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Personal Vehicles Evaluated against Climate Change Mitigation Targets

Overview of attention for article published in Environmental Science & Technology, September 2016
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About this Attention Score

  • In the top 5% of all research outputs scored by Altmetric
  • Among the highest-scoring outputs from this source (#22 of 14,871)
  • High Attention Score compared to outputs of the same age (99th percentile)
  • High Attention Score compared to outputs of the same age and source (98th percentile)

Mentioned by

news
43 news outlets
blogs
8 blogs
twitter
465 tweeters
facebook
1 Facebook page
reddit
1 Redditor

Citations

dimensions_citation
30 Dimensions

Readers on

mendeley
163 Mendeley
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Title
Personal Vehicles Evaluated against Climate Change Mitigation Targets
Published in
Environmental Science & Technology, September 2016
DOI 10.1021/acs.est.6b00177
Pubmed ID
Authors

Marco Miotti, Geoffrey J. Supran, Ella J. Kim, Jessika E. Trancik

Abstract

Meeting global climate change mitigation goals will likely require that transportation-related greenhouse gas emissions begin to decline within the next two decades and then continue to fall. A variety of vehicle technologies and fuels are commercially available to consumers today that can reduce the emissions of the transportation sector. Yet what are the best options, and do any suffice to meet climate policy targets? Here, we examine the costs and carbon intensities of 125 light-duty vehicle models on the U.S. market today and evaluate these models against U.S. emission-reduction targets for 2030, 2040, and 2050 that are compatible with the goal of limiting mean global temperature rise to 2 °C above preindustrial levels. Our results show that consumers are not required to pay more for a low-carbon-emitting vehicle. Across the diverse set of vehicle models and powertrain technologies examined, a clean vehicle is usually a low-cost vehicle. Although the average carbon intensity of vehicles sold in 2014 exceeds the climate target for 2030 by more than 50%, we find that most hybrid and battery electric vehicles available today meet this target. By 2050, only electric vehicles supplied with almost completely carbon-free electric power are expected to meet climate-policy targets.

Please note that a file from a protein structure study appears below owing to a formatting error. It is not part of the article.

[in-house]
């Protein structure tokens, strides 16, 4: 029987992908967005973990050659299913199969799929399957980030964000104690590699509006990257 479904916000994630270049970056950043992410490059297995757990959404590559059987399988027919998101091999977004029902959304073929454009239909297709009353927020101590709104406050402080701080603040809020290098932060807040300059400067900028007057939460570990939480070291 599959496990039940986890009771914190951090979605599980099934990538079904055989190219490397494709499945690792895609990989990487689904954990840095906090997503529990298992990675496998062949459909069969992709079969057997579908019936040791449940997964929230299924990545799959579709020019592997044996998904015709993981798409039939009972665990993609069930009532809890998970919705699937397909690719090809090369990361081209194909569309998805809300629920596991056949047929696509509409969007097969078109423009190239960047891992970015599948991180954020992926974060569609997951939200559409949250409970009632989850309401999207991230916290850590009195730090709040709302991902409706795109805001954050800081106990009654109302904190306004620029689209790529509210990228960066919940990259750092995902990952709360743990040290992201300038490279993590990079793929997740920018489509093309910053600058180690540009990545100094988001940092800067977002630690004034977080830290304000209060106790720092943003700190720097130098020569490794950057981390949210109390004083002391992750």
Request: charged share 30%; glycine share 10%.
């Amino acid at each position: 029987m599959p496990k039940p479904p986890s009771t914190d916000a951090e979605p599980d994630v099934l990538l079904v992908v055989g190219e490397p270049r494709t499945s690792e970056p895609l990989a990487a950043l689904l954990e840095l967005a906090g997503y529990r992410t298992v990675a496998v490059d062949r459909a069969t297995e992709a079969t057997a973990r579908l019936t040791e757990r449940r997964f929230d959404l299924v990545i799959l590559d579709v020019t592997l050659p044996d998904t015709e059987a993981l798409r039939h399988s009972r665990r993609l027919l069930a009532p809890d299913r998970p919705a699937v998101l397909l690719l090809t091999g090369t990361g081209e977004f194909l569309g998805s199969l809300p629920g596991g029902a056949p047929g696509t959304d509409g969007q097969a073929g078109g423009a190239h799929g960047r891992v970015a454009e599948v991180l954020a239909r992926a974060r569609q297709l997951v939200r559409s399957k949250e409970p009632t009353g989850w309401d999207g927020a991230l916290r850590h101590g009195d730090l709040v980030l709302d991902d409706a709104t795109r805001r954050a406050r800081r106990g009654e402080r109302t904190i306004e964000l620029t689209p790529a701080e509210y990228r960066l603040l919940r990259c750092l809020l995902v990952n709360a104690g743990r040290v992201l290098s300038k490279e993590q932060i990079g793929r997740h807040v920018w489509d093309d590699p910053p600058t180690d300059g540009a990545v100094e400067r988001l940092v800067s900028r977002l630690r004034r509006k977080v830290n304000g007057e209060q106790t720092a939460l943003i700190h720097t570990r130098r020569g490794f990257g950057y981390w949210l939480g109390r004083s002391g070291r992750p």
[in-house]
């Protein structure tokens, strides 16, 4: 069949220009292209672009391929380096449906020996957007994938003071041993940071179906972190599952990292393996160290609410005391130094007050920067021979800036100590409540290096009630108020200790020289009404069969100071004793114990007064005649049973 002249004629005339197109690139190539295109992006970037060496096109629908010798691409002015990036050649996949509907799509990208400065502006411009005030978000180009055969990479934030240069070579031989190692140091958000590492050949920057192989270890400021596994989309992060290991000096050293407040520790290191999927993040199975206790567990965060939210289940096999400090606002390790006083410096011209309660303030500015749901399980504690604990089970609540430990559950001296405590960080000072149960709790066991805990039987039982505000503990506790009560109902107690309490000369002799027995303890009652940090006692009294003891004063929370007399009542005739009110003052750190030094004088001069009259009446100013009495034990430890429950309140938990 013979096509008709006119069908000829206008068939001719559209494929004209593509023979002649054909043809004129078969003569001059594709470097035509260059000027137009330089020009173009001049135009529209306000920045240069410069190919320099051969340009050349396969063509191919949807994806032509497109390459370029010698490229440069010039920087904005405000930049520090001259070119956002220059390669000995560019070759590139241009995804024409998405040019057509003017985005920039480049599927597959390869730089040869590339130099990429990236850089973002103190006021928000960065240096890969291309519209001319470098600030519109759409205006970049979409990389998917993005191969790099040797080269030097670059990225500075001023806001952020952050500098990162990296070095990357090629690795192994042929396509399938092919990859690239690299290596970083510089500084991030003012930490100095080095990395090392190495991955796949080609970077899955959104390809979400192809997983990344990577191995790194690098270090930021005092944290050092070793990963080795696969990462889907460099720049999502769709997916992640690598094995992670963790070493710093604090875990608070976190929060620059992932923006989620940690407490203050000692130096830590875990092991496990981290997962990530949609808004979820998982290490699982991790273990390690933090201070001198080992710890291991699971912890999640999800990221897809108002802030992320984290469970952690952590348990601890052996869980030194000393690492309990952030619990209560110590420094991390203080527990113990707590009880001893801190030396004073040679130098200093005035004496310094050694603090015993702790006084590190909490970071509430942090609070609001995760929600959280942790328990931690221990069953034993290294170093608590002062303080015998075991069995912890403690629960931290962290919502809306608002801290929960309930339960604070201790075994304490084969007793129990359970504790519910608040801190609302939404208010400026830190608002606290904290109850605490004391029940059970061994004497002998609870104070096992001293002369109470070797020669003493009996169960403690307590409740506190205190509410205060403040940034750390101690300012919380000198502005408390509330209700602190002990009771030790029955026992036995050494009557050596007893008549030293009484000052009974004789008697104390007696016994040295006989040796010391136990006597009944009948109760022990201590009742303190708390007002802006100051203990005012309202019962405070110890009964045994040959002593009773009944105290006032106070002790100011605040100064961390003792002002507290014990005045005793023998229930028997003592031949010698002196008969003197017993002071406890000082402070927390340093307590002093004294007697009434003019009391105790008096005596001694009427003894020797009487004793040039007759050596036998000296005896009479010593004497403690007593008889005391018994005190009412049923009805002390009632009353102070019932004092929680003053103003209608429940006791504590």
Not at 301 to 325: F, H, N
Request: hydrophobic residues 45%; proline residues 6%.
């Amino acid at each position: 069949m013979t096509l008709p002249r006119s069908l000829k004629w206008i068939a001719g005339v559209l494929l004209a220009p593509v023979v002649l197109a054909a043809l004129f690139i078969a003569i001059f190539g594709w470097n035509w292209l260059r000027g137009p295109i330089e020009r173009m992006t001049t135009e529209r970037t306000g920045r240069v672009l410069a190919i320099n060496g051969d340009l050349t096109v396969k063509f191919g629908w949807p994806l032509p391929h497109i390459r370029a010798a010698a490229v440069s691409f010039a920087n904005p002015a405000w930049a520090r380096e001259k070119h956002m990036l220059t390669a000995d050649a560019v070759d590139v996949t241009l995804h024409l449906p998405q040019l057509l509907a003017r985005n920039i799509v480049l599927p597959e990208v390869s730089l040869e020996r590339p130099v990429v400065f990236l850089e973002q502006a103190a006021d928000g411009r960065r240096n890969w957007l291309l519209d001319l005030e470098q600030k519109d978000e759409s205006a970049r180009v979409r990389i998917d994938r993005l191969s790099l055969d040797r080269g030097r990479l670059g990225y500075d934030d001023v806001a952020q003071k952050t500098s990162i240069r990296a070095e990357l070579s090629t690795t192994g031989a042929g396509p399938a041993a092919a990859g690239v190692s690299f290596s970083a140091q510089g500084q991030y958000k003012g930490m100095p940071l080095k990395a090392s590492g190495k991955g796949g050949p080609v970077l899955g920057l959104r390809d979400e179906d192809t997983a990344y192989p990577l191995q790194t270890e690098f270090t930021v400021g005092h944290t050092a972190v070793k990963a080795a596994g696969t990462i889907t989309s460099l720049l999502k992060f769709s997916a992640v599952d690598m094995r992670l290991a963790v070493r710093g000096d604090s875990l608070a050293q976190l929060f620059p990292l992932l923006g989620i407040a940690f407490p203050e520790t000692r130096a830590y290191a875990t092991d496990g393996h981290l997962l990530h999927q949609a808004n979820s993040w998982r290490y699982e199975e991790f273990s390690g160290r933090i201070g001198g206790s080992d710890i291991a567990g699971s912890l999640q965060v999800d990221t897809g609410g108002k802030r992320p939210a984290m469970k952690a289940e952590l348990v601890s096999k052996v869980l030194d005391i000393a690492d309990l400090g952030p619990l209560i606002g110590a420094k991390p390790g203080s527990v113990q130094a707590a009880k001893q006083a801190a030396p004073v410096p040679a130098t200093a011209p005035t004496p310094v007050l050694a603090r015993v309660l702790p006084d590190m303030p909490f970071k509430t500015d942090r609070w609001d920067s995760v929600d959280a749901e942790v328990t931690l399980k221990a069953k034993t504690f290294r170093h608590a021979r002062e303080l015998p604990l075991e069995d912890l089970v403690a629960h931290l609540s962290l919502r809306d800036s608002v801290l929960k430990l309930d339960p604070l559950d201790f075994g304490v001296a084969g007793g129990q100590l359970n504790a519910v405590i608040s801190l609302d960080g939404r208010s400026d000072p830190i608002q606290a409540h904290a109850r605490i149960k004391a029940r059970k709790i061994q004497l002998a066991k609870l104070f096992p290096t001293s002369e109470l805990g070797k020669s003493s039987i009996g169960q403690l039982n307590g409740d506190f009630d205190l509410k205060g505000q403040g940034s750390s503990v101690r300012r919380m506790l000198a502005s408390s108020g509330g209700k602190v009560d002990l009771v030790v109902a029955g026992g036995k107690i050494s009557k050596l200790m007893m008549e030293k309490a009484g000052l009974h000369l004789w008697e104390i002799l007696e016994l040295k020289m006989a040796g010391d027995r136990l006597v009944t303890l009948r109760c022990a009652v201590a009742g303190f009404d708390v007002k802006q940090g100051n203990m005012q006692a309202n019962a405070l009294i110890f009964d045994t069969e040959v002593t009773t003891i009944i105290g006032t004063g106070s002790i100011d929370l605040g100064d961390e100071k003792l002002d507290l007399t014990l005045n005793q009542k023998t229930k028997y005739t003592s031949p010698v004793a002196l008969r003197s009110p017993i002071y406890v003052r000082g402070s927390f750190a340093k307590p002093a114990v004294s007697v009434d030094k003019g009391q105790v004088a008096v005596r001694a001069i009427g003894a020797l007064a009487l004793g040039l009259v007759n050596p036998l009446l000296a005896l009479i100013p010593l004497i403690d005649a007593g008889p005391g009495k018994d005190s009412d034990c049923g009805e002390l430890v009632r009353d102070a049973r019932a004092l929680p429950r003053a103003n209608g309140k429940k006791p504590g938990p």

Twitter Demographics

The data shown below were collected from the profiles of 465 tweeters who shared this research output. Click here to find out more about how the information was compiled.

Mendeley readers

The data shown below were compiled from readership statistics for 163 Mendeley readers of this research output. Click here to see the associated Mendeley record.

Geographical breakdown

Country Count As %
United States 2 1%
Spain 1 <1%
Unknown 160 98%

Demographic breakdown

Readers by professional status Count As %
Student > Master 37 23%
Student > Ph. D. Student 28 17%
Researcher 24 15%
Student > Bachelor 23 14%
Student > Doctoral Student 10 6%
Other 22 13%
Unknown 19 12%
Readers by discipline Count As %
Engineering 43 26%
Environmental Science 21 13%
Energy 21 13%
Economics, Econometrics and Finance 8 5%
Business, Management and Accounting 7 4%
Other 37 23%
Unknown 26 16%

Attention Score in Context

This research output has an Altmetric Attention Score of 748. This is our high-level measure of the quality and quantity of online attention that it has received. This Attention Score, as well as the ranking and number of research outputs shown below, was calculated when the research output was last mentioned on 01 July 2020.
All research outputs
#10,151
of 15,392,253 outputs
Outputs from Environmental Science & Technology
#22
of 14,871 outputs
Outputs of similar age
#379
of 269,030 outputs
Outputs of similar age from Environmental Science & Technology
#5
of 280 outputs
Altmetric has tracked 15,392,253 research outputs across all sources so far. Compared to these this one has done particularly well and is in the 99th percentile: it's in the top 5% of all research outputs ever tracked by Altmetric.
So far Altmetric has tracked 14,871 research outputs from this source. They typically receive a lot more attention than average, with a mean Attention Score of 12.6. This one has done particularly well, scoring higher than 99% of its peers.
Older research outputs will score higher simply because they've had more time to accumulate mentions. To account for age we can compare this Altmetric Attention Score to the 269,030 tracked outputs that were published within six weeks on either side of this one in any source. This one has done particularly well, scoring higher than 99% of its contemporaries.
We're also able to compare this research output to 280 others from the same source and published within six weeks on either side of this one. This one has done particularly well, scoring higher than 98% of its contemporaries.